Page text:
Acid (H₂S0₄) production, persistence, and functional importance of the annual, brown seaweed Desmarestia viridis in Newfoundland, Canada

Blain, Caitlin O'Hara (2013) Acid (H₂S0₄) production, persistence, and functional importance of the annual, brown seaweed Desmarestia viridis in Newfoundland, Canada. Masters thesis, Memorial University of Newfoundland.

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Current models of shallow rocky community organization and stability in the northwestern Atlantic (NWA) emphasize kelps and their vulnerability to grazers and other mortality agents. This paradigm may overshadow the possible contribution of other groups of less studied seaweeds with overlapping distribution to ecosystem resilience. The annual, brown seaweed Desmarestia viridis is one of only a few species of fleshy seaweeds commonly found in urchin barrens in the NW A. The exceptional ability of D. viridis sporophytes to produce and store sulfuric acid (H₂S0₄) in intracellular vacuoles makes the species a compelling model for studies of controls and importance of acid production in seaweeds at the individual, population, and community levels. This research used laboratory experiments and surveys of individuals and populations throughout an entire growth season (February to October 2011) at two subtidal sites on the southeastern tip of Newfoundland (Canada) to determine controls of acid production in, as well as the functional importance and persistence of, D. viridis sporophytes. Results showed that light, grazing, and epibionts have no perceptible effects on intracellular acidity, whereas temperature and wave action exert strong, synergistic effects. Mortality rates and sea temperature from March to late June were relatively low, whereas the onset of increasing mortality in mid-August coincided with marked increases in sea temperature. The quick development of "Desmarestia beds" in urchin barrens created biological structure for major recruitment pulses in characteristic invertebrate and fish assemblages. These findings provide novel insights into the ecological and evolutionary causes and consequences of acid production in Desmarestiales, while elevating the importance of D. viridis as a foundation species in urchin barrens in the NWA.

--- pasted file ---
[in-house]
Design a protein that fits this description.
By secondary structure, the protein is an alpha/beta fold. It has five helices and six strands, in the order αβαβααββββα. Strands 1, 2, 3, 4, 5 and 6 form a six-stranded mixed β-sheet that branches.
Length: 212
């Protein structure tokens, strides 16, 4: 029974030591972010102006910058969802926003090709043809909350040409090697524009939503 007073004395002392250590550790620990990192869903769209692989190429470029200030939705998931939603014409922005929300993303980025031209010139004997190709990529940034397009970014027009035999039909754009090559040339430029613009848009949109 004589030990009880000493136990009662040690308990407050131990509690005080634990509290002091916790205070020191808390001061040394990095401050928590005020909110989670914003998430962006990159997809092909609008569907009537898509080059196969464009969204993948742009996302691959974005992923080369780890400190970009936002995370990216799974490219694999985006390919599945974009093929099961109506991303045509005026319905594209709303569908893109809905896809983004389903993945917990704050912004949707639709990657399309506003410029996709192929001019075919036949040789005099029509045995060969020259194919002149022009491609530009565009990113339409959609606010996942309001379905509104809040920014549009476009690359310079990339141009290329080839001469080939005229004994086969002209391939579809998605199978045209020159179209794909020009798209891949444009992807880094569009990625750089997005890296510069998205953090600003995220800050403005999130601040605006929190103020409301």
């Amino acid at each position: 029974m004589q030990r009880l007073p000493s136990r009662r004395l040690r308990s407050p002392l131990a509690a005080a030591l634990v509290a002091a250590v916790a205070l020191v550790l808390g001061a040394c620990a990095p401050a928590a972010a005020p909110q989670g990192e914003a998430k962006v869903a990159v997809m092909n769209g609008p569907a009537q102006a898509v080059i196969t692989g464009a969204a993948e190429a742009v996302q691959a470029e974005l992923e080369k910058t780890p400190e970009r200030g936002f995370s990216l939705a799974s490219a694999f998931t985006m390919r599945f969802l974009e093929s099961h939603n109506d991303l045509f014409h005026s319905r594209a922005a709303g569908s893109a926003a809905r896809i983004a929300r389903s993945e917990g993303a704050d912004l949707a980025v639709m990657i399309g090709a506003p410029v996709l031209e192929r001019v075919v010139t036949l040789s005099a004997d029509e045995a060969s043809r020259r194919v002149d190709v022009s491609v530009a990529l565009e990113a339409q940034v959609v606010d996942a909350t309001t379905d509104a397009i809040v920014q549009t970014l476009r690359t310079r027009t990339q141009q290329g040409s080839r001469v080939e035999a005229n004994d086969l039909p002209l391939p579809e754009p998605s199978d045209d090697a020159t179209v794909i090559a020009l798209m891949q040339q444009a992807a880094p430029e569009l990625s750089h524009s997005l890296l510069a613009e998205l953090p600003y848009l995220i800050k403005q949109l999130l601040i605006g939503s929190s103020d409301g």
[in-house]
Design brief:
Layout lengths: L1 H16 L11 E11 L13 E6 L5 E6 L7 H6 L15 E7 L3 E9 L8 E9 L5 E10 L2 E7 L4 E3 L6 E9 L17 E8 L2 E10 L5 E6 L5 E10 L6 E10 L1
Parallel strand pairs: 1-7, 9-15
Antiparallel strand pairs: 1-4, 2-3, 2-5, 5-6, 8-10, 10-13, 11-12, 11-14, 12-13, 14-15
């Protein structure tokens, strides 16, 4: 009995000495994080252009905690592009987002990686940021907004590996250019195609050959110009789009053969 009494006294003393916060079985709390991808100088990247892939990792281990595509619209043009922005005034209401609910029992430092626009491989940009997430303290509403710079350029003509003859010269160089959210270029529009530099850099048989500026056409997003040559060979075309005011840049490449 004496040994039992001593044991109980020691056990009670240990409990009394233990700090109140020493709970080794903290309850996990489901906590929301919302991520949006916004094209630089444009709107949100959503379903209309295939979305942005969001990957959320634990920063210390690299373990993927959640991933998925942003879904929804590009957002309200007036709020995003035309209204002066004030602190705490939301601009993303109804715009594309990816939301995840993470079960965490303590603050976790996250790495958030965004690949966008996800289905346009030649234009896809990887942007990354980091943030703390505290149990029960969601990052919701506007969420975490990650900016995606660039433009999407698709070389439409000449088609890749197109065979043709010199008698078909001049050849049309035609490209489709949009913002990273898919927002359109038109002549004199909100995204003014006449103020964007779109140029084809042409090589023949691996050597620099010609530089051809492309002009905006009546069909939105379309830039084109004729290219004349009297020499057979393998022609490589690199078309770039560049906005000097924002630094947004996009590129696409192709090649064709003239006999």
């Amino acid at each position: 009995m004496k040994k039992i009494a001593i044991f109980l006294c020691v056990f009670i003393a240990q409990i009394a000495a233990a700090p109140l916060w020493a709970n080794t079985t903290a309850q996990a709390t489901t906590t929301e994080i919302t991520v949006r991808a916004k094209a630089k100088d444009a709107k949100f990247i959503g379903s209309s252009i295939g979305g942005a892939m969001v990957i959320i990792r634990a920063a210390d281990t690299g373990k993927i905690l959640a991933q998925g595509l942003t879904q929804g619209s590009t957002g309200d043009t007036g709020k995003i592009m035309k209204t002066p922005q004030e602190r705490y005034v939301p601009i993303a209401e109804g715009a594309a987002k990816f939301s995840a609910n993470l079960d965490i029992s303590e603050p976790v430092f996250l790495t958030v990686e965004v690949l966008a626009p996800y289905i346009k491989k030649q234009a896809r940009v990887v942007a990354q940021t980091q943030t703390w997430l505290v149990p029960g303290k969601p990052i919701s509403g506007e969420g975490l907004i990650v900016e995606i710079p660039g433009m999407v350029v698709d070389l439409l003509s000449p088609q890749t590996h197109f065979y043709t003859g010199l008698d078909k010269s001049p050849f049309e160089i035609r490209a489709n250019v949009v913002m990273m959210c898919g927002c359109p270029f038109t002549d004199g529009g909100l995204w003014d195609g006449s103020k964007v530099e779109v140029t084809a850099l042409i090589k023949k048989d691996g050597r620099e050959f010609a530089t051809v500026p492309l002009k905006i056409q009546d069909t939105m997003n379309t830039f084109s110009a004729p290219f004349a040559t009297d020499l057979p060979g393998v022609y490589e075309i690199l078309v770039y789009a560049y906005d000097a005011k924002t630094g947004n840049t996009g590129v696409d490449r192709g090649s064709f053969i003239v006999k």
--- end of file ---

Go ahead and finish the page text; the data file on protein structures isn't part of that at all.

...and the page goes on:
Item Type: Thesis (Masters)
Item ID: 11687
Additional Information: Includes bibliographical references (pages 108-128).
Department(s): Science, Faculty of > Biology
Date: September 2013
Date Type: Submission
Library of Congress Subject Heading: Marine algae--Mortality--Newfoundland and Labrador; Marine algae--Effect of temperature on--Newfoundland and Labrador; Marine algae--Effect of water currents on--Newfoundland and Labrador; Sulfuric acid.

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